Logo SAVE - Sisters against violent extremism

22. April 2007

Aicha el Wafi&Phyllis Rodriguez Museum © Xenia Hausner

Aicha el Wafi and Phyllis Rodriguez

Anger and Sympathy

Phyllis Rodriguez lost her son in the attacks of September 11th 2001. She shares a friendship with the mother of one of the suspected complicits.

By Edit Schlaffer

The names of Phyllis and Orlando Rodriguez, Aicha el Wafi and Zacarias Moussaoui will all go down in history – for very different reasons. What unites them are the events of September 11th 2001.

Phyllis works as a teacher and artist in New Jersey. Her husband, Orlando is a university professor. Aicha el Wafi is a French civil servant of Maroccan descent and the mother of Zacarias, the accused 20th pilot. Phyllis lost her son, Greg, in the attack – he was one of the 2759 victims that died in the World Trade Center. Aicha also lost her son – to an ideology of hatred and destruction. Through their dialogue, the women hope to send a political message of peace and reconciliation.

Phyllis Rodriguez, the events of September 11th 2001 claimed your son, Greg, who at the time was working in the World Trade Center. What happened that day?

It was a beautiful, clear morning. My husband had left early to Fordham University in the Bronx and I was taking a morning walk along the river. When I got home, the porter in our building told me that a fire had broken out in the World Trade Center. I charged up the four flights of stairs and simultaneously turned on the television and the answering machine. My son was working in the towers.
To my relief, I heard Greg’s voice on the machine: “There’s been a terrible accident in the WTC. I’m ok. Call Elizabeth”. I called his wife, Elizabeth, who had seen a plane flying extremely low over downtown Manhattan. She feared the worst, but I assumed that he had already left the building when he called me. Greg was working on the 103rd floor of the north tower, which was the first one hit by the suicide bombers. When the second plane hit, I knew that it wasn’t an accident. The afternoon went on, darkness set in and then it was night. I refused to believe that the unimaginable had actually happened. But the next day it was impossible to deny that Greg was dead, as were thousands of others.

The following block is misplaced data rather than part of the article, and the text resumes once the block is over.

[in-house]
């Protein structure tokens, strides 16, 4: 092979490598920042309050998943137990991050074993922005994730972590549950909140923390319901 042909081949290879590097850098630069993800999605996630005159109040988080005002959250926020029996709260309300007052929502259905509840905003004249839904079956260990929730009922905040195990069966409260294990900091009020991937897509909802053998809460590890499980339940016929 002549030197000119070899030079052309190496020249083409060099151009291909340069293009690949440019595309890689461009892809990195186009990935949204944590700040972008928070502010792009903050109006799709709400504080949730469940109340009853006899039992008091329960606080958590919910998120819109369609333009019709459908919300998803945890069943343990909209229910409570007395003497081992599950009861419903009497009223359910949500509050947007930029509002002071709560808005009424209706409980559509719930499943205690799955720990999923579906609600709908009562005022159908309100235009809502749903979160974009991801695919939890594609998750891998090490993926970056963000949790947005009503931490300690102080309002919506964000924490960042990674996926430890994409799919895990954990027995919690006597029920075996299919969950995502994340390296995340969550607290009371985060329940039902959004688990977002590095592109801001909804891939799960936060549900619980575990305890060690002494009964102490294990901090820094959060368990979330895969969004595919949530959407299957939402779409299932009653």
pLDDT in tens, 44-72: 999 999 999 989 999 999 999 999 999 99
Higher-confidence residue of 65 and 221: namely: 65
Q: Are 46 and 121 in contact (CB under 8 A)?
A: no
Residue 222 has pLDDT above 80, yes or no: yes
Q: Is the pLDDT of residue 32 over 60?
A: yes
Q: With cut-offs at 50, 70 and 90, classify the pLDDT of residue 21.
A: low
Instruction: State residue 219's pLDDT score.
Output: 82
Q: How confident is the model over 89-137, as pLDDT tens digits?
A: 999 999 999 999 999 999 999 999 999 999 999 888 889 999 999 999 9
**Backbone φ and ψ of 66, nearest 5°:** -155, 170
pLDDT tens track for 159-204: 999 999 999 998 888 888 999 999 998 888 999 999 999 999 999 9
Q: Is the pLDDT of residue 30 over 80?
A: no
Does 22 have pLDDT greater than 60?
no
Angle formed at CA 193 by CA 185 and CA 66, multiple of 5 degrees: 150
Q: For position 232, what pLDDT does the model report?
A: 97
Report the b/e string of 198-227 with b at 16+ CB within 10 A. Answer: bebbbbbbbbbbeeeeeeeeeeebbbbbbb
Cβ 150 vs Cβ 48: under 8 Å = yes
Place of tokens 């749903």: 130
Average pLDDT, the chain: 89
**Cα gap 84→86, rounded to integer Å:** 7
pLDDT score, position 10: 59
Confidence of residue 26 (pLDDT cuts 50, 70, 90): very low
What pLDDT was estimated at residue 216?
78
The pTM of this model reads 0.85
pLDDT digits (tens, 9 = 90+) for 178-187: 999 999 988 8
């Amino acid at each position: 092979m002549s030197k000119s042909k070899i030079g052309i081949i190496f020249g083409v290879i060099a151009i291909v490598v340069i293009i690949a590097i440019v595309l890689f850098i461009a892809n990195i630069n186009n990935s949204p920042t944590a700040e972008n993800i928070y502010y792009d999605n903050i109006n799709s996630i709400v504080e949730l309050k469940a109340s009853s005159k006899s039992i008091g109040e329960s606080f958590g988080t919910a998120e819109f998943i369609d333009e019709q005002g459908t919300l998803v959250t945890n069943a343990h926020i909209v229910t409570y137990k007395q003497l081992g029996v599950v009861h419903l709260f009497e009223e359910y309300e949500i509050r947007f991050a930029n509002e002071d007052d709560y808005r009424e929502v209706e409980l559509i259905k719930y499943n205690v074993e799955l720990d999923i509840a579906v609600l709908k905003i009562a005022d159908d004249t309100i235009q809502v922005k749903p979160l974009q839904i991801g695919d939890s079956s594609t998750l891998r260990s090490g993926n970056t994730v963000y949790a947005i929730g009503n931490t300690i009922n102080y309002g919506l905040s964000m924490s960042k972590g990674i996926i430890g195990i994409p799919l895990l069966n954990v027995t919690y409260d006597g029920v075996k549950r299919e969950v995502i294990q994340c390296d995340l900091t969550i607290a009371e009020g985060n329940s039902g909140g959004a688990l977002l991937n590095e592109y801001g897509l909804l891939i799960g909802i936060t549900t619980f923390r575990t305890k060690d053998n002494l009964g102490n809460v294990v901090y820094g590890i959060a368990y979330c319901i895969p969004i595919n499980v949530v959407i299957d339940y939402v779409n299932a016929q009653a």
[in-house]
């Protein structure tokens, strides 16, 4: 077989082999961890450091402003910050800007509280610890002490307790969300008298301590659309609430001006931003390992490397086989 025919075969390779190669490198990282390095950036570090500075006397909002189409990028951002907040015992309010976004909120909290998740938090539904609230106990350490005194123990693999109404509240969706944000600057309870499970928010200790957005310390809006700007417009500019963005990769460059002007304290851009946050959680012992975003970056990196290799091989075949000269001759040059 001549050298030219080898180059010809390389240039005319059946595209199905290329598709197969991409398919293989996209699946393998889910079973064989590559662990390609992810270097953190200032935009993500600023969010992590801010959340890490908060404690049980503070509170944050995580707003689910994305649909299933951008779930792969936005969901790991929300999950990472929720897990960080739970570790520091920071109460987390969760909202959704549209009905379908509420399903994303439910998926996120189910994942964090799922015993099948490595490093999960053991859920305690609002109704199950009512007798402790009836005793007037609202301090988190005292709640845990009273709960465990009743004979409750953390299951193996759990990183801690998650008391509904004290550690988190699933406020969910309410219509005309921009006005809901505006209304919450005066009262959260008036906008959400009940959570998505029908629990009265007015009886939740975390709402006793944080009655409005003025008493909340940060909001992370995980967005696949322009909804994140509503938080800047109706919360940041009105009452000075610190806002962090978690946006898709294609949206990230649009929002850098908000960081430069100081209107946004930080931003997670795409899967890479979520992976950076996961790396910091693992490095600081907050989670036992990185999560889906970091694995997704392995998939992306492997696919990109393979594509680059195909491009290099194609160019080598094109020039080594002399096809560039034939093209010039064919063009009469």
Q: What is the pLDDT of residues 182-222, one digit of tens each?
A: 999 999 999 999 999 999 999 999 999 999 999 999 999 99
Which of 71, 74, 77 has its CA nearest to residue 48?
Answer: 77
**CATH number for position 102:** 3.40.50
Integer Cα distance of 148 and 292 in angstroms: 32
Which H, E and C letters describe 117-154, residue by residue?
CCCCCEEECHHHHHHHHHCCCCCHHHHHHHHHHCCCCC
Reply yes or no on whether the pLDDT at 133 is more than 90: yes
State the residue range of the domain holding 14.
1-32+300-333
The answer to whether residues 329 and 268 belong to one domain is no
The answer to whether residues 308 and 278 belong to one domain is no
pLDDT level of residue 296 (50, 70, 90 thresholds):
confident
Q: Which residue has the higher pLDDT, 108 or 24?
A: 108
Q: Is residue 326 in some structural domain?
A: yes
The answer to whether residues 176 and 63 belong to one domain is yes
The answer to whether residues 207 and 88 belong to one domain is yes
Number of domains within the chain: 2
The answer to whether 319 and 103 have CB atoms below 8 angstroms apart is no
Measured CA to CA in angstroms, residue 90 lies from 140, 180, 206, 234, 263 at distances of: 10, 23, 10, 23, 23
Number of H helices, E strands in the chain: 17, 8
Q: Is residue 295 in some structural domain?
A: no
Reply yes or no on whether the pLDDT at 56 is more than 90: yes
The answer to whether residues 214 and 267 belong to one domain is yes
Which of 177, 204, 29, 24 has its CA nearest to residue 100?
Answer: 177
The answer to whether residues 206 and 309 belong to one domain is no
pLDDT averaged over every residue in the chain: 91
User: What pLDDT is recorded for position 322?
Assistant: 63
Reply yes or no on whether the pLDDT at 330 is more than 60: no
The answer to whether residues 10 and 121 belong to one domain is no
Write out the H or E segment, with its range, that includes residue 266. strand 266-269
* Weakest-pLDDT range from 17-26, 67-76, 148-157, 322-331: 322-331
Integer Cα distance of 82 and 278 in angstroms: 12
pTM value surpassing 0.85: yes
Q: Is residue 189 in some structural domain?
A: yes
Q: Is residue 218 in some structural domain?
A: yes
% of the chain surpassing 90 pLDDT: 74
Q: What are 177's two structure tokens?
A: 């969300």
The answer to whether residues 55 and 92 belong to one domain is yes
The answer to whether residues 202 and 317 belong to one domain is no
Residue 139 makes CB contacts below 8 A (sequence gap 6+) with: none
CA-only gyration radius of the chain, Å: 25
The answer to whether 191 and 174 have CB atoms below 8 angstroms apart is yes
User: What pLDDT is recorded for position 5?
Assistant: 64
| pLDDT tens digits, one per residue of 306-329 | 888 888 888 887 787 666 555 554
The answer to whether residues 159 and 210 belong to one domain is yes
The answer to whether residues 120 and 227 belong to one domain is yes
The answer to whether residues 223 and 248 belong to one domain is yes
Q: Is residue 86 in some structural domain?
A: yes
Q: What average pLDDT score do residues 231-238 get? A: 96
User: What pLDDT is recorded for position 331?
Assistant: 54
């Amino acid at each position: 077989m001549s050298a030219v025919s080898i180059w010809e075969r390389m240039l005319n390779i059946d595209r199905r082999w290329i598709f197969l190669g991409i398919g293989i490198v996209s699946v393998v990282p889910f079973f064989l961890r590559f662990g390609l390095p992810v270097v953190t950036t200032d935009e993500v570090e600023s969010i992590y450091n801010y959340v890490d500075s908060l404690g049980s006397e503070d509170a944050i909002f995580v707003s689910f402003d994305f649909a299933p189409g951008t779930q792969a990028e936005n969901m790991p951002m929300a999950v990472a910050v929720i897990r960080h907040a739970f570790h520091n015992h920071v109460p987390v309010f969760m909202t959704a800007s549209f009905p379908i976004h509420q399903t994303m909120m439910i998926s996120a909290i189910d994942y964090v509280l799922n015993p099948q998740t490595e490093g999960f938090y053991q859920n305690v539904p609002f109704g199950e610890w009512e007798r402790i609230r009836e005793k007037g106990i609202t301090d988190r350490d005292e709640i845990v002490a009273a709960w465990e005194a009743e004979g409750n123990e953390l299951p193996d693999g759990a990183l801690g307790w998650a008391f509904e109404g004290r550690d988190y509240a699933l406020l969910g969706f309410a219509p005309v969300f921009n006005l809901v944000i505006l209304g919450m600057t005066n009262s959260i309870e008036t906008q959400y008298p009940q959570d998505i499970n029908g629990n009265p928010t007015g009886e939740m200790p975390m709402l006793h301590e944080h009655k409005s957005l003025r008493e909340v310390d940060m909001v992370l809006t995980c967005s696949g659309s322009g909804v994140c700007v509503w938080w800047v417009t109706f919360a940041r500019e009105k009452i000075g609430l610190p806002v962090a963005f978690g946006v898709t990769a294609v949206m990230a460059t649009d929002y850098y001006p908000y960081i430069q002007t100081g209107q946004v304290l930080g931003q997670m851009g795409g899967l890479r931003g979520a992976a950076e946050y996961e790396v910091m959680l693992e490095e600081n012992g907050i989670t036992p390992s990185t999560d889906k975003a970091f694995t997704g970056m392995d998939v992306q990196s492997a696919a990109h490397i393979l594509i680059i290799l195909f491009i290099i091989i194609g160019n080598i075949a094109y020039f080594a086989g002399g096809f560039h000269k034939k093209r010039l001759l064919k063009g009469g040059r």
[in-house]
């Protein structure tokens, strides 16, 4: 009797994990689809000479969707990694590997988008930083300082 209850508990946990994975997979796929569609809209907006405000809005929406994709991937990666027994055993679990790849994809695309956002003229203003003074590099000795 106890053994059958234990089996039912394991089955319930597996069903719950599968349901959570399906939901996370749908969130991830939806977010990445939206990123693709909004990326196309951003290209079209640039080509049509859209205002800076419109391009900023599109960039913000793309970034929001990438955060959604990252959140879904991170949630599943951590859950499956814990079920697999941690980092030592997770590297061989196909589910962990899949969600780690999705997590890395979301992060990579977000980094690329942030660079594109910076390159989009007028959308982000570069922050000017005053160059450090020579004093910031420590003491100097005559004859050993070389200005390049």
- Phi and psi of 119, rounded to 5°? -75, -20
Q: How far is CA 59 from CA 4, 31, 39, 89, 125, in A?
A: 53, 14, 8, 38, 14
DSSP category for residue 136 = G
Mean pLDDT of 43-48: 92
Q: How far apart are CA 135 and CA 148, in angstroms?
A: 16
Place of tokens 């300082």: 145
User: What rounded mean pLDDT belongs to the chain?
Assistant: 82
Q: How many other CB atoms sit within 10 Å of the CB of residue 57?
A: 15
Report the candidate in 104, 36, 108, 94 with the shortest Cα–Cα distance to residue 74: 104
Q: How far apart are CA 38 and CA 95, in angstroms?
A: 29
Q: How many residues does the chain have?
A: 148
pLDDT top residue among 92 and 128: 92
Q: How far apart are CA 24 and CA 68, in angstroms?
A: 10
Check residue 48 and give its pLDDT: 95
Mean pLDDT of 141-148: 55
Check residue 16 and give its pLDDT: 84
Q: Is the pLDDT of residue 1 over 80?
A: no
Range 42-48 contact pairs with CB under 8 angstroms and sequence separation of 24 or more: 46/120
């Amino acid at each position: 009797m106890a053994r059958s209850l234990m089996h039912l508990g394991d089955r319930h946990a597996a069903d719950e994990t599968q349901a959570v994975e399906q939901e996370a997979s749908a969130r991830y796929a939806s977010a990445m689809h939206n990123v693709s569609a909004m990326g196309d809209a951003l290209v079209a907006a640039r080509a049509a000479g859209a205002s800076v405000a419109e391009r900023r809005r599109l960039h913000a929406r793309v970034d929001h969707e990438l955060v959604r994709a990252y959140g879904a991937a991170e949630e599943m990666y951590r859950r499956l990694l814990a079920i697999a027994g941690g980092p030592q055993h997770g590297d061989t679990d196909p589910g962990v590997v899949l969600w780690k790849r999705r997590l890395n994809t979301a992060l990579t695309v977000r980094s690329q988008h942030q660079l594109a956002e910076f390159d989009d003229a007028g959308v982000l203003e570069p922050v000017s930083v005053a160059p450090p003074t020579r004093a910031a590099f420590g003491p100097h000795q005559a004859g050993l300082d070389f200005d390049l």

Shortly following the attack, you posted a letter on the internet – an emotional message to the President of the United States, asking him to pause before rushing to seek revenge. “Our son died as a victim of an inhumane ideology. Let’s together think about a sensible response that will bring peace and justice. Our nation should not contribute to inhumanity.”

We composed that letter three days after the attacks. It perhaps helped us to rationalise our grief, but we also knew that our opinions would be heard and valued. There was no official response, but we were overwhelmed by the support we received from people around the world, who were eager to hear our messages.

Zacarias Moussaoui, a young Frenchman of Maroccan descent, was put on trial in the United States on suspician of being the twentieth hijacker. From the sidelines of the trial Aicha el Wafi, his mother, voiced the request to meet with the family members of the victims. Did this surprise you?

Yes, and I wondered what her reasons were. I got my answer one day in November 2002. She wanted to express her condolences for our loss and apologise for the suffering we were put through. It was important to her to show us how much she sympathised, all the while having to deal with her own personal pain.

What was it like for you and Orlando meeting Aicha?

The first meeting was very moving. There were eight of us Americans and we were all very nervous. I was amazed at what a calming effect our encounter had on me. This wonderful idea of just getting together united us in a unique way.

What motivated you to meet Aicha again after the first encounter? You even learned French to be able to communicate directly with her.

The driving force was probably the connection I felt to her as a mother, which allowed me to empathise with her pain and disbelief that her son was willing to hurt people. This relationship that grew between me and Aicha was also a reaction to the anti-Muslim sentiments that were prevalent in our society. I wanted to convey that I did not condemn all Muslims for this terrible attack, which took my son from me.

In April 2005 I decided to see Aicha through her son’s trial. I was with her all the time on her visits to Virginia and New York, up until the verdict – life without probation.